'Supervolcano' Alert – Not Just In Yellowstone
Posted by Tyler Durden on September 1, 2017 3:00 am
Tags: Afghanistan, bullying, Chinese government, Climate forcing agents, coercion, Creditors, Davos, Decentralization, fixed, Geology, Green Shoots, lava, Politics, power, Reality, Renaissance, smart phones, supervolcano, US government, Volcano, Volcanology, Yellowstone hotspot, Yellowstone National Park
Categories: Afghanistan bullying Chinese government Climate forcing agents coercion Creditors Davos Decentralization Economy fixed Geology Green Shoots Lava Politics power Reality Renaissance smart phones Supervolcano US government Volcano Volcanology Yellowstone hotspot Yellowstone National Park
Thar she blows!
Once every 600,000 years or so Yellowstone’s supervolcano erupts, making Mt. St. Helens, Pinatubo, and Krakatoa look like firecrackers. It blankets thousands of miles around it in lava and ash, casting a pall over the earth that lowers temperatures and hinders plant life for decades. Compared to Mother Nature we anthropogenic climate changers (if we are that) are pikers. Interestingly enough, that supervolcano is due for another eruption.
Interestingly enough, so too is another supervolcano, one constructed entirely by humans. As to which erupts first, bet on the latter.
Newton’s Third Law: For every action, there is an equal and opposite reaction. Coercion and violence generate a reaction, a countervailing pressure. They are historical constants, so like Yellowstone’s volcano, the pressure has been building for centuries, although not 6,000 of them. Like Yellowstone’s geysers, pressure-reducing steam has occasionally been released; coercion has abated and freedom briefly flowered. We know those periods as the times when progress mostly happened: the Renaissance, the Enlightenment, the Industrial Revolution. However, the twentieth century marked a resurgence of pressure.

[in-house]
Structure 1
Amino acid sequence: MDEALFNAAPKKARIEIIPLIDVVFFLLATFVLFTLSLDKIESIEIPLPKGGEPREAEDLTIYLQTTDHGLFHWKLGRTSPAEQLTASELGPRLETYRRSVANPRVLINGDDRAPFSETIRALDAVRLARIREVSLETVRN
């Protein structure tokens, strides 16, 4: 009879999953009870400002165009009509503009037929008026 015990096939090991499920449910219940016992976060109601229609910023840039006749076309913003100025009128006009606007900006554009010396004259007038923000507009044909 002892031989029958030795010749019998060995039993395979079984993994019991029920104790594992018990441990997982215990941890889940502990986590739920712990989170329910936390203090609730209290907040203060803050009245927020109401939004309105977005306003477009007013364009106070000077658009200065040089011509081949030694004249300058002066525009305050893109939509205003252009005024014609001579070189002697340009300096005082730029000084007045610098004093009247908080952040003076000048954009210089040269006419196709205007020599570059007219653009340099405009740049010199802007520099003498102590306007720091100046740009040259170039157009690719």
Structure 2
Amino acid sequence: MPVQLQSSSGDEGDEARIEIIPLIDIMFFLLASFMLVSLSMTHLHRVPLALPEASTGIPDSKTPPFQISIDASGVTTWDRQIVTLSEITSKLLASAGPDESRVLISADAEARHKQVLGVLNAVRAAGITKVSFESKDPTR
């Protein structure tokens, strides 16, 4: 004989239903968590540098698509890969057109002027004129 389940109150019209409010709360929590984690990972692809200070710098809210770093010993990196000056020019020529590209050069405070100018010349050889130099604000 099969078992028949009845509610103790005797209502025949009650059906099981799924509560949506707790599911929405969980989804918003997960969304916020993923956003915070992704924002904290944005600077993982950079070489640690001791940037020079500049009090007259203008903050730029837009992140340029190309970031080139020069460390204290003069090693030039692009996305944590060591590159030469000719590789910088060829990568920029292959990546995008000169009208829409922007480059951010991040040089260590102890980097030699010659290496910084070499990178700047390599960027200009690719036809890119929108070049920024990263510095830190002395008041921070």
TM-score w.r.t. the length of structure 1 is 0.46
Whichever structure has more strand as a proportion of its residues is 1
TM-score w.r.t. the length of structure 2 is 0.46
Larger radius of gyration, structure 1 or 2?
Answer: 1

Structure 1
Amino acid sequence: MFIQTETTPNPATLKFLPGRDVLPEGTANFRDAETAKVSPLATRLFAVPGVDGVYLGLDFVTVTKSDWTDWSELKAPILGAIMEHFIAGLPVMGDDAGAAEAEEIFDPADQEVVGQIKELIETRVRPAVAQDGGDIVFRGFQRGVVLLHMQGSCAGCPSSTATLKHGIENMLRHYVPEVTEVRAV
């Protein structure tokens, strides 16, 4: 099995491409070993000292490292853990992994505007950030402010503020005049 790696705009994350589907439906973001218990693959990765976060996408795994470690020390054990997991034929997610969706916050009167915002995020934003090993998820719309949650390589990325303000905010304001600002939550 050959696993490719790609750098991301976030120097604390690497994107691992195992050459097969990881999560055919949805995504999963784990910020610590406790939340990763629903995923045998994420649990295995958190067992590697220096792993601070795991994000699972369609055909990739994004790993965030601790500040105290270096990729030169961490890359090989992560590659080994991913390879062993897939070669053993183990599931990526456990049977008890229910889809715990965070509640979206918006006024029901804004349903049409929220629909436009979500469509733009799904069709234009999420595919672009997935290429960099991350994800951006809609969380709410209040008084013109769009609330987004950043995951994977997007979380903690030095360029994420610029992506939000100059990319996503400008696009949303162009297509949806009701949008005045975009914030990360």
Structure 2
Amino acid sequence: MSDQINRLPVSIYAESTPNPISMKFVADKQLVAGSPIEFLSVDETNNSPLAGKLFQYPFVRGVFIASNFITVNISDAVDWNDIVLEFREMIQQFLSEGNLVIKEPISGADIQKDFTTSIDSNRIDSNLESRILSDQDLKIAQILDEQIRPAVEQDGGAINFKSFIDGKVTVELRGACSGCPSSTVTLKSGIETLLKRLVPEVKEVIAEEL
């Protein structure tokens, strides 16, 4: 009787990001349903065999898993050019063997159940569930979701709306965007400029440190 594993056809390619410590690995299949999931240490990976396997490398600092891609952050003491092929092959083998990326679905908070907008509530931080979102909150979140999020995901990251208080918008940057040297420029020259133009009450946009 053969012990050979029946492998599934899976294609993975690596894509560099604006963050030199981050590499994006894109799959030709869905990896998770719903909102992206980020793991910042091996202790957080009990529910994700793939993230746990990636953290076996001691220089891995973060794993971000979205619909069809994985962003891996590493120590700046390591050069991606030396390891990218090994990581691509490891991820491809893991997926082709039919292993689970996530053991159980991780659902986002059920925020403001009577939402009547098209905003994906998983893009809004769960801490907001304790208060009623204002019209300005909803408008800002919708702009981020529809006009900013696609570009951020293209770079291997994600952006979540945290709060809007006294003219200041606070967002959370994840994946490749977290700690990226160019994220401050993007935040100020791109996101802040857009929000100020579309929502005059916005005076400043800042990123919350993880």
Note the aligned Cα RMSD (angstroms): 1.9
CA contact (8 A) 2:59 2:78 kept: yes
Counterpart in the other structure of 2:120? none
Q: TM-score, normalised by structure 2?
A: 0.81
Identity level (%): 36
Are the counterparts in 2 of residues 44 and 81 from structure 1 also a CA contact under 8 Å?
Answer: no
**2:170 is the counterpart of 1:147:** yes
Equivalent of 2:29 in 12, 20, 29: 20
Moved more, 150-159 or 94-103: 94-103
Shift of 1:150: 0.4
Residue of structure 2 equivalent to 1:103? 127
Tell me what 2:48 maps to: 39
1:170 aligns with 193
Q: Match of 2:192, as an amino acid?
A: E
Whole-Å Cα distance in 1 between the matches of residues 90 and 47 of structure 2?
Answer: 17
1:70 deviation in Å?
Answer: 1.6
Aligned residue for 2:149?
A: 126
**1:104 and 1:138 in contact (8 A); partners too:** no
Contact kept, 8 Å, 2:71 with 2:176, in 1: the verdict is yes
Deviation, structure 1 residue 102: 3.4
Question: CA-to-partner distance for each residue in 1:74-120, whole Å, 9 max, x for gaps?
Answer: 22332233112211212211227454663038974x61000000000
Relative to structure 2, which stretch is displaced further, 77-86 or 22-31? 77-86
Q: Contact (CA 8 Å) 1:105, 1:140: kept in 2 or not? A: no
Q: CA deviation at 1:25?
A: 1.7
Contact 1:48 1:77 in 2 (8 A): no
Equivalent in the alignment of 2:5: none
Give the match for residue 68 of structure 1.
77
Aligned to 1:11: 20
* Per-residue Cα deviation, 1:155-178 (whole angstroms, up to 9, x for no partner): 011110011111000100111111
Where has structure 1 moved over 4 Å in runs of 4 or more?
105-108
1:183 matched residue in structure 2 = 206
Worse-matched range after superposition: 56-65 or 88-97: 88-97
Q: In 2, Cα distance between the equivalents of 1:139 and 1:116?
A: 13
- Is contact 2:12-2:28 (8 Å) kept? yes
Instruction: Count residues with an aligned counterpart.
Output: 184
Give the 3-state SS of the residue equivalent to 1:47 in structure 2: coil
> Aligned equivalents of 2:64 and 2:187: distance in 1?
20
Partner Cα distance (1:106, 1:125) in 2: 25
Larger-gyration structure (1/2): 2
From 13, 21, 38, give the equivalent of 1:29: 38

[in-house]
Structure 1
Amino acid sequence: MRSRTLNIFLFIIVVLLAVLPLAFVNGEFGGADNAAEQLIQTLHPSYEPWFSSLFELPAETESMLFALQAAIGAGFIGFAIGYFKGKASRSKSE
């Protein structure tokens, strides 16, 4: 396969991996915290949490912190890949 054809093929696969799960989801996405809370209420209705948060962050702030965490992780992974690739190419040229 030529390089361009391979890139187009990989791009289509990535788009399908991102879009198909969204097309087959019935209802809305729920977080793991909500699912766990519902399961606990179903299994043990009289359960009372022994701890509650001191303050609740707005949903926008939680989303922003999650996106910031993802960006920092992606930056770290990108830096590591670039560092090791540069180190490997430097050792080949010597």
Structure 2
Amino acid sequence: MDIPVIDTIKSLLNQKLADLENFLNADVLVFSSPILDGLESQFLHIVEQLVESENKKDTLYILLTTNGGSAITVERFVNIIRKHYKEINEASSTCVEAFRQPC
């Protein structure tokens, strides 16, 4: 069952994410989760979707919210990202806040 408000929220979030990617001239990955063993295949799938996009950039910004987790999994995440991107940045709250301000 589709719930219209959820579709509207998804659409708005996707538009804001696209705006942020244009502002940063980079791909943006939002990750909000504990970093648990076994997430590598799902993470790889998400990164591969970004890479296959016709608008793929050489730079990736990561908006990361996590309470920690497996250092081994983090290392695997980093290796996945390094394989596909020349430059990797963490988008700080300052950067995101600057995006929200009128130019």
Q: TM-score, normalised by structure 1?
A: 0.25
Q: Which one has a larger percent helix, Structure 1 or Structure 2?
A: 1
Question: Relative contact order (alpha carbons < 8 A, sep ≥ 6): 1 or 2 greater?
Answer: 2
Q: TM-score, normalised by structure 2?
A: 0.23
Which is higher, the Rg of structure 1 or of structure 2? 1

Their intellectual degradation complete, the coercive class meets any manifestation of countervailing pressure with still more coercion. The most pathetic case is the US government. Left at a zenith of power at the end of World War II, it has squandered its moral, military, and financial capital trying to squelch the forces that will inevitably topple its empire. After each disaster, it has sought new disasters. President Trump’s tripling down on Bush’s and Obama’s Afghanistan bets is yet another instance of the belief that force which fails can be “fixed” with more force.
The reactive opposites are decentralization and individual autonomy. Individuals now have unprecedented capacities to wage violence, communicate, and compute. Since World War II governments are batting virtually zero trying to suppress insurgencies waged by guerrillas fighting on their home turf.
Try as they might to suppress the Internet, they can’t go too far without severing their economies from the backbone of the information economy. Individuals perform computing feats on their smart phones that were beyond the capabilities of room-size computers fifty years ago. These are the forces pushing back against governmental centralization and coercion.
Lately, not a day has gone by where an article hasn’t appeared arguing that the US government or the media or the globalists or some other nefarious entity is pulling the strings of some nefarious “divide and conquer” strategy. “Divide” needs no help from anyone. Unless humans develop the ability to split themselves, division has proceeded as far as it can go. A solitary soul can work, shop, eat, drink, find amusement and information, and do everything else necessary to sustain life without ever leaving his dwelling or coming into contact with another human being. Undoubtedly some do.